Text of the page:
The ones you should focus on learning are combos you can perform after those punishes. These are safe bets to capitalize on your strong footsie game without overcommitting on something risky.
You should absolutely learn at some point more elaborate combos that you perform by going all in. But when starting out, your focus should be on a strong neutral game and landing those punish combos.
Don't sleep on Roman Cancels
While the Roman Cancel falls into the category of ‘advanced tech', it is something you should insert into your basic gameplay as soon as possible.
While it is hard to gauge when there's the perfect moment to use these to extend a combo or get out of tricks situations at first.
It'll be even harder learning everything else first and then trying to figure out what you're supposed to do with it.
The Roman Cancel section in the Mission mode is great when you're trying to get a grasp on it. Everything else is best learned in the heat of the moment.
Play Against Real Humans
A frequent mistake new players make is thinking that practicing against bots is how you get good at fighting games. But in Guilty Gear Strive, just as in any other game of its kind nothing will ever replace playing against real people.
Humans are creatures of habit and playing against another person is a very different experience. A bot will not try and run the same 2 combos at you because a bot doesn't have any patterns you can learn and exploit.
A key aspect of fighting games is the mental game that happens in front of the screen. Players, especially on a beginner level gravitate towards using one button or one strategy.
And learning those and getting used to these situations will make you a better player in the long run. This way you'll also run into really unorthodox strategies and combos, something you can't practice against a bot or in training mode.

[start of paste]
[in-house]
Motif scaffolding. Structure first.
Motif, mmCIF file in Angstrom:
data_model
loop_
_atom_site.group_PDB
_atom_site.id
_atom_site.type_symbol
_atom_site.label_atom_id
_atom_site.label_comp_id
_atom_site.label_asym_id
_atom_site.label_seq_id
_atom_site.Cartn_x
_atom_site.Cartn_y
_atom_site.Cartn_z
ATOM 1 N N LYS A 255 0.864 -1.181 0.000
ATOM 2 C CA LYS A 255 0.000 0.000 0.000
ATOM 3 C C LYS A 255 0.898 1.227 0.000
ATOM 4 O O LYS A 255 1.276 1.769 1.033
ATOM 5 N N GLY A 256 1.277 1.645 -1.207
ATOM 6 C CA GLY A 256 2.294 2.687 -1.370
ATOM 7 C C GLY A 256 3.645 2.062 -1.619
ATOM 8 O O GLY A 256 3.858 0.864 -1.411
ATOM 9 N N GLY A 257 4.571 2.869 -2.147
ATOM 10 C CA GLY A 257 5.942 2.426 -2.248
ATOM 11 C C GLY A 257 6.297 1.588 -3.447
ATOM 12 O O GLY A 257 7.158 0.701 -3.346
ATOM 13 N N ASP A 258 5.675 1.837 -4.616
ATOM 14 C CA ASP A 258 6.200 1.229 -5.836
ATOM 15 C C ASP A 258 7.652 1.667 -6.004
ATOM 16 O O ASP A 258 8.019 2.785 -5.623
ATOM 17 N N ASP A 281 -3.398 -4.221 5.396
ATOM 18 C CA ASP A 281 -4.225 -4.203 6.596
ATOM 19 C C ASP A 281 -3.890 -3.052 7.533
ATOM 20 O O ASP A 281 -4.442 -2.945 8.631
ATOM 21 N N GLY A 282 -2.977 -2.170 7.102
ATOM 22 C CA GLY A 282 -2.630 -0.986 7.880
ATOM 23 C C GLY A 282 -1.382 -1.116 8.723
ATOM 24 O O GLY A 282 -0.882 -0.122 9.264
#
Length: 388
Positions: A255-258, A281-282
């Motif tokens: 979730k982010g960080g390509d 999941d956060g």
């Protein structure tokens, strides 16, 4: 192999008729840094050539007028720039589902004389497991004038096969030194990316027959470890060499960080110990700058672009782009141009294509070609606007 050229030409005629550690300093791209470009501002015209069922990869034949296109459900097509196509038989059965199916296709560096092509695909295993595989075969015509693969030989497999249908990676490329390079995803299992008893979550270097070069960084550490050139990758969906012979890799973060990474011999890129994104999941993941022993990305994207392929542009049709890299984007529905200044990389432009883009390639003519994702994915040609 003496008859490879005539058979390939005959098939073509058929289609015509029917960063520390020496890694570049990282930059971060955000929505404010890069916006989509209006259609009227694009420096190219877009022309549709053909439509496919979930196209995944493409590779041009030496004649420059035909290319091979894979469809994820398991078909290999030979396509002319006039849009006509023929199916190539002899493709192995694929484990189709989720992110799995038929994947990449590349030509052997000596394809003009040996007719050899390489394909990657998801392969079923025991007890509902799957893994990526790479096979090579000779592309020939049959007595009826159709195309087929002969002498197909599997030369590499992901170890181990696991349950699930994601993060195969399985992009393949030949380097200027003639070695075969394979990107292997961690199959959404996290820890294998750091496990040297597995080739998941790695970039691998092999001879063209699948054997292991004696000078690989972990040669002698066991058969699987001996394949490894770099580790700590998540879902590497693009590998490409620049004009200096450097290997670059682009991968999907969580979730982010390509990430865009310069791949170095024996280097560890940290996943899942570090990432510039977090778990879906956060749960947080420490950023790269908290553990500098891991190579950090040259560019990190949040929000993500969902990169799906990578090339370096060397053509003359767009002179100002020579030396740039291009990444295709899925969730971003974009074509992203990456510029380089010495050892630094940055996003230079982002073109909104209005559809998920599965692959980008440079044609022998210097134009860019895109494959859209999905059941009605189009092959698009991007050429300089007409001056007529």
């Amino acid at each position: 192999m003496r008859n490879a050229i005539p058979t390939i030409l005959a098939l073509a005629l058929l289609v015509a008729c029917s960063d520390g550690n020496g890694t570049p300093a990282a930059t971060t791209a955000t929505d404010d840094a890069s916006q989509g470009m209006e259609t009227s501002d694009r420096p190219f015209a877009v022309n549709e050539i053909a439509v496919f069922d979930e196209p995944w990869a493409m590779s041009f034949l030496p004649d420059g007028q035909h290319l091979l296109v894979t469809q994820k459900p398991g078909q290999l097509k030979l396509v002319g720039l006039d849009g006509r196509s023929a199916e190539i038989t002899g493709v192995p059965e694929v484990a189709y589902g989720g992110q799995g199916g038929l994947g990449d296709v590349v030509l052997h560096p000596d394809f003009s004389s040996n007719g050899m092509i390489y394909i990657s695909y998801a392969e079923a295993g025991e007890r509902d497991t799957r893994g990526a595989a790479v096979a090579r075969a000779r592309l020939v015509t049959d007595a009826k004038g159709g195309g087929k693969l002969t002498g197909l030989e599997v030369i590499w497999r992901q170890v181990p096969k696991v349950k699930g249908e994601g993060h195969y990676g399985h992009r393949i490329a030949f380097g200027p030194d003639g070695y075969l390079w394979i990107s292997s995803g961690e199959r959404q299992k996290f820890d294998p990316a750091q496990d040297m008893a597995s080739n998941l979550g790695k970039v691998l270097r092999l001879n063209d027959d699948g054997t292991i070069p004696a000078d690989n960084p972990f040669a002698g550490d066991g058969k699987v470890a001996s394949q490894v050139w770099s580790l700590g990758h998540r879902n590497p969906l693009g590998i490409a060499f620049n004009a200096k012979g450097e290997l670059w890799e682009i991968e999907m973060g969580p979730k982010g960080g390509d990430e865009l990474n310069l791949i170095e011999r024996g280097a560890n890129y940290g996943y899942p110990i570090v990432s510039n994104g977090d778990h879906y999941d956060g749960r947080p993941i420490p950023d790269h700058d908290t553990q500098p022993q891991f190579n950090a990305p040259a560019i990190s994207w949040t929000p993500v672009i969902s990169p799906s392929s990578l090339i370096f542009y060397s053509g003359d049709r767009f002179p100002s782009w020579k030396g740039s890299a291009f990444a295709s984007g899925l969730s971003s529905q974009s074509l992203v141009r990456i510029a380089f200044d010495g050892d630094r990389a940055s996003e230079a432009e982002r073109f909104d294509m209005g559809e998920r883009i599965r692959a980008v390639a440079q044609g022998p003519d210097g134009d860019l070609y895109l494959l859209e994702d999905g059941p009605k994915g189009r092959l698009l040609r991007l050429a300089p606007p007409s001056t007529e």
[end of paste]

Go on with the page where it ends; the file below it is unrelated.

Losing is Fun
One of the hardest things about fighting games is getting to a level where playing becomes enjoyable. That level is usually when you stop struggling with the controls and have a good idea of what you're doing.
This is why we compiled this little guide in the first place since it'll set you on the right track. But this last part is the most important one.
If you're just playing to win, you won't have a good time. It's very common in games like Guilty Gear Strive for a new player to get stomped by someone who's more experienced.
Instead of trying to win each and every fight (you should still at least try though) focus on growth. Getting your ass beaten is rarely fun, but if you're trying to learn from it you might prevent it in the future.
Find People to Practice With
This is a bit different from just trying your hand at online/ranked play. Playing sets against players on your level or vastly more confident than you is the best way to get good at Guilty Gear Strive.
Of course, that's easier when you have friends who are already into Guilty Gear and are just looking for a sandbag to practice combos on.
Luckily there are also places like the Guilty Gear Strive Community Discord where you can find like-minded players to go up against.
Don't worry too much about the skill gap, more experienced players will likely point out what you're doing wrong. Because you being actual competition helps them get better, it's a win-win for everyone.
Learn to Love the Smell of the Game
The journey to getting good is hard and arduous. This piece is less of a step-by-step instruction and more of a general guideline. Not everything on here will apply to everyone but it should at least give you an idea where to start.
Today most fighting games have excellent coverage in the form of guides and videos or even apps that tell you all the frame data. Guilty Gear Strive is no different from that.
Try to also make a habit out of watching the pros play. It's important that you constantly visualize what is possible with each character and what kind of strategy you can come up with.
Getting good at Guilty Gear Strive simply means to understand how much you still have to learn.
There is never a point where you're good enough, as the skill ceiling keeps rising with players pushing the game to its limits.
For more esports and our recent impressions of Guilty Gear Strive, check us out here on ESTNN